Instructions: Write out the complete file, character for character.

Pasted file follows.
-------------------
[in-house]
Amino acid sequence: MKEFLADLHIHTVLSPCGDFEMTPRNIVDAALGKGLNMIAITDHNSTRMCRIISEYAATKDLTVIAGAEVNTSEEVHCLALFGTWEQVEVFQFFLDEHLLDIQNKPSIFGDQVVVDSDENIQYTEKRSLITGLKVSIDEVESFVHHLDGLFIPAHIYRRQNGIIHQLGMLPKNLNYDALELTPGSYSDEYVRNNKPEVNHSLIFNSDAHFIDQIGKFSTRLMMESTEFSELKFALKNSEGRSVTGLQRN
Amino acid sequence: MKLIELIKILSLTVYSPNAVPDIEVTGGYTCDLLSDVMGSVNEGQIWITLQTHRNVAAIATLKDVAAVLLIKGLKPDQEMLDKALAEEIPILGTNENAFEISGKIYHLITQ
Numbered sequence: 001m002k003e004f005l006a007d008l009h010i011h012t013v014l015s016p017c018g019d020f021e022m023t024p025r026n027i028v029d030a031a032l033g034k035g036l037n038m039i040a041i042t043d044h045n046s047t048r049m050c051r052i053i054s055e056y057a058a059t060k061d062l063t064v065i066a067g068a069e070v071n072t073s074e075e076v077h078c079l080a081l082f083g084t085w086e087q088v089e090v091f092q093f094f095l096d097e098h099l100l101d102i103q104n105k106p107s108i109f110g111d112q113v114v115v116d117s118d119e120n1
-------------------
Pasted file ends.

[in-house]
Amino acid sequence: MKEFLADLHIHTVLSPCGDFEMTPRNIVDAALGKGLNMIAITDHNSTRMCRIISEYAATKDLTVIAGAEVNTSEEVHCLALFGTWEQVEVFQFFLDEHLLDIQNKPSIFGDQVVVDSDENIQYTEKRSLITGLKVSIDEVESFVHHLDGLFIPAHIYRRQNGIIHQLGMLPKNLNYDALELTPGSYSDEYVRNNKPEVNHSLIFNSDAHFIDQIGKFSTRLMMESTEFSELKFALKNSEGRSVTGLQRN
Amino acid sequence: MKLIELIKILSLTVYSPNAVPDIEVTGGYTCDLLSDVMGSVNEGQIWITLQTHRNVAAIATLKDVAAVLLIKGLKPDQEMLDKALAEEIPILGTNENAFEISGKIYHLITQ
Numbered sequence: 001m002k003e004f005l006a007d008l009h010i011h012t013v014l015s016p017c018g019d020f021e022m023t024p025r026n027i028v029d030a031a032l033g034k035g036l037n038m039i040a041i042t043d044h045n046s047t048r049m050c051r052i053i054s055e056y057a058a059t060k061d062l063t064v065i066a067g068a069e070v071n072t073s074e075e076v077h078c079l080a081l082f083g084t085w086e087q088v089e090v091f092q093f094f095l096d097e098h099l100l101d102i103q104n105k106p107s108i109f110g111d112q113v114v115v116d117s118d119e120n1